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I will be delivering several concurrent sessions at an upcoming conference. Each of the speakers has been asked to do self-introductions before each session. Although I’ve seen this done well with a team of presenters, I’d like some ideas on how to start off with a great self-introduction. What have you done in the past when you don’t have a session introducer? What are some memorable and successful ways to use video for introductions?

— Milo Shapiro

Others might disagree, but here was my first thought:

My normal introduction includes PowerPoint slides that precede my first actual slide. They show pictures of me in different situations that go with what is being said about me. It gives the visual learners something to focus on and, as I designed it, yields a few laughs as well.

I think a self-introduction is a horrible idea because it undermines a strong opening, but if I were given no choice, I’d have a friend of the opposite gender (so it couldn’t possibly be interpreted as being my voice) record my introduction for me and I’d play it as I advanced the PowerPoint slides as she spoke. It’s different, memorable, and allows the first words out of my mouth to be more powerful than what’s in my intro.

— Steve Barcellona

Here’s an idea I have used a couple of times with great results.

Walk on the platform and begin a glowing introduction of yourself. “This next speaker is a person I have known for many years. It is so rare to meet someone who you see eye to eye with, BLAH, BLAH, BLAH... Let’s really have a huge round of applause for a great speaker, (your name)!” Throw your hand back like someone is going to walk out, run to the back of the platform and step forward with a flattered, surprised look on your face. You will get a big laugh and the group will love you right from the start.

— Diana Royce Smith

This is just a one-off idea but could be interesting and fun. Become someone else and, as them, introduce yourself. It could be a favorite client or last client — and you could actually get them to talk with you about what they’d say (now that they’ve experienced you) and employ that.

Or some character everyone could recognize — Steve Jobs? Oprah Winfrey? Or do the intro you’ve always dreamed about, or had nightmares about. Be sure to acknowledge the introduction when “you” take over from “them.”

— Steve Hughes

Here are some ideas, and since I don’t know you, I say find what you think works best for you and go for it.

  • Read the introduction as though it were written by somebody else. I’ve done this before as though my mom wrote it, but you have to set it up. “Ladies & Gentlemen, since there’s no one here to introduce me and it cost too much to fly my mom here, I thought I’d go ahead and read the introduction that she wrote.” Then have fun with it. Say how proud she is of you.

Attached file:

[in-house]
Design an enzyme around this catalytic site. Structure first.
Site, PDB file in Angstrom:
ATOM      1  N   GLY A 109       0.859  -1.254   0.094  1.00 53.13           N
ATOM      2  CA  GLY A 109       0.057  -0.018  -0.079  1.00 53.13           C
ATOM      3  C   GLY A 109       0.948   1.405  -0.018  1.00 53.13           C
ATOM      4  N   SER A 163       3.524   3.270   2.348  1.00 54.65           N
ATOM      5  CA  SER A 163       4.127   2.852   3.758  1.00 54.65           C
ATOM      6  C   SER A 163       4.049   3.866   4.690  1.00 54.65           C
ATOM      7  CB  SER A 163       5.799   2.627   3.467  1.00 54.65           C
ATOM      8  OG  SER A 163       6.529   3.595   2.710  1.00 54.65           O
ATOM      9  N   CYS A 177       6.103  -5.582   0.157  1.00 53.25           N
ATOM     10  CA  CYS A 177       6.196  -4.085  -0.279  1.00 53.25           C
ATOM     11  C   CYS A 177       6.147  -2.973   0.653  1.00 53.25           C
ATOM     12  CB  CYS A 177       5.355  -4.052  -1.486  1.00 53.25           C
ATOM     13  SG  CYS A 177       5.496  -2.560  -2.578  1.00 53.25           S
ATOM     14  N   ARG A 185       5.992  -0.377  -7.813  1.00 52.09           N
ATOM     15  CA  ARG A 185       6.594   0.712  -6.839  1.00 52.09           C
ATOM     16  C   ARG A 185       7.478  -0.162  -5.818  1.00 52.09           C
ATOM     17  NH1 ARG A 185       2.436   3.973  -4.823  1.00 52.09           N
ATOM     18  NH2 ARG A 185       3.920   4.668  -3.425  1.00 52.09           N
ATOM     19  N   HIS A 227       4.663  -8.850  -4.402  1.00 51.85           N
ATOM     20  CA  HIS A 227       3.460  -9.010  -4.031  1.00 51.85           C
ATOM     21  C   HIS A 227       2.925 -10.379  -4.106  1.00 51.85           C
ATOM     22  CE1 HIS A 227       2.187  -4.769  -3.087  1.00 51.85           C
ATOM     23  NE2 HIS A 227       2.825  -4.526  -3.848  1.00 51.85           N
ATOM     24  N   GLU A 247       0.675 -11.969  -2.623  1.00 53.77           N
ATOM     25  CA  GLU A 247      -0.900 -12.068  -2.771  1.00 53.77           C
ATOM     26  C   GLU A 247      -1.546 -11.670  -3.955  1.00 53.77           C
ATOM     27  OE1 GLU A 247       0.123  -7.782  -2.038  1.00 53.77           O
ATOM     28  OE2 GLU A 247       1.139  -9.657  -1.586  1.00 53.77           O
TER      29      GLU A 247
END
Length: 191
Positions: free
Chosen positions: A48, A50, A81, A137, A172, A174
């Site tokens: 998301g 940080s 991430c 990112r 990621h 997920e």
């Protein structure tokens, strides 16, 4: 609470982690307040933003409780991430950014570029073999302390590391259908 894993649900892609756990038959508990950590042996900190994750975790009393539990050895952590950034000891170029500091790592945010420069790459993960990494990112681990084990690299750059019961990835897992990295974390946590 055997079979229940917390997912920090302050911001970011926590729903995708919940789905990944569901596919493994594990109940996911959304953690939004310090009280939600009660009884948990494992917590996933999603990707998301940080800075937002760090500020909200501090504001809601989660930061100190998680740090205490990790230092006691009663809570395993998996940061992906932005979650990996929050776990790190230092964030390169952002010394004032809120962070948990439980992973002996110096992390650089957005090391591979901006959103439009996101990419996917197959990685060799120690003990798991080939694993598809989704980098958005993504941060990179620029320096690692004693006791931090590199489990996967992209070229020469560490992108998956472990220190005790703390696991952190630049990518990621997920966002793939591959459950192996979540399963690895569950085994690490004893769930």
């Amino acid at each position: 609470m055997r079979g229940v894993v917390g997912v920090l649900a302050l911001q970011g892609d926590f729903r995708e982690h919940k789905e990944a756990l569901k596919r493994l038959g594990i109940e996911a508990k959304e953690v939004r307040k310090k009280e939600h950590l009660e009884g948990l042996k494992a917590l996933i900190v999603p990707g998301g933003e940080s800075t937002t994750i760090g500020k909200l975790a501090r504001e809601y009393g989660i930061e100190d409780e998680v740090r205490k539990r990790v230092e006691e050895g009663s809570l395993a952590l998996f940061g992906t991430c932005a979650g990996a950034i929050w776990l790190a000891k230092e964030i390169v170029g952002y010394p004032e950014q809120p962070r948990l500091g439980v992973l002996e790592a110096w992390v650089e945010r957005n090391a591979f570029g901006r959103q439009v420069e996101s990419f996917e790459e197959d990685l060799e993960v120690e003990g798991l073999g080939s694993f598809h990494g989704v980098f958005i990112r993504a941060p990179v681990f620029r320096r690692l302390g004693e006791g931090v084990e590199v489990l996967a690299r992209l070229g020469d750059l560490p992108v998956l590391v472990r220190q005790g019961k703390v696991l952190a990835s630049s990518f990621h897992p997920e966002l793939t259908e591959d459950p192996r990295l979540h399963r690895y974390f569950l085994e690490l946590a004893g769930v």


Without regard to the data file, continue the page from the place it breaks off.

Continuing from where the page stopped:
• You can do the same thing from other people’s perspective, i.e. a member of the audience/company, their biggest competitor, the hotel staff, etc.
  • Have someone else to from the audience to come up and introduce you. Two options: arrange it ahead of time with a willing party, or offer an incentive like a $10 Starbucks card for someone who is willing to come up on stage and introduce you.
  • Get one of the speakers from another concurrent session (who isn’t slated to speak during your time slot) and have him/her introduce you. At least you know they’re somewhat competent at speaking and will do a good job.
  • Whatever you, be sure to give them a nugget or something of value first. Truth be told, they don’t necessarily care about you at the beginning of your speech, but after you give them a poignant thought, an interesting quote, or an answer to a problem, they’ll be more interested in hearing more about you.

— Merit Gest

I think it would be clever and fun to use a video intro. Why not have another professional speaker do your introduction on video and use that instead of you telling the group about yourself, which always seems awkward. I wonder if you could do something clever with the video as if it were a live person and record them with pauses for you to interact. I’m not saying this from experience, but it sounds clever and funny in theory. Also, it could be a lot more time invested in an intro than is really necessary.

— Rita Risser

I have made more than a thousand presentations where I self-introduced. I figure they are already there so I don’t have to say anything! I start by saying, "OK, let’s get started." People quiet down, I say "My name is Rita Risser, and I’m a lawyer," and then say something meant to be funny like "but don’t hold it against me" or "and I like lawyer jokes" or something else very light. Then "In this session we’re going to ..." Remember, WIIFM — what’s in it for me (the audience member). To me the most important thing to do is to connect with them by showing them quickly I have a sense of humor and that I respect their time by getting to the content.

I do have my total bio in the handout. If you don’t have a handout it could be on a PP slide when they come in. I do weave in my background through my anecdotes — “When I coach executives on ..., they sometimes say...”

SpeakerNet News is produced by Rebecca Morgan and Ken Braly. It is not affiliated with the National Speakers Association. Send comments or suggestions

SpeakerNet News is produced by Rebecca Morgan and Ken Braly. It is not affiliated with the National Speakers Association. Send comments or suggestions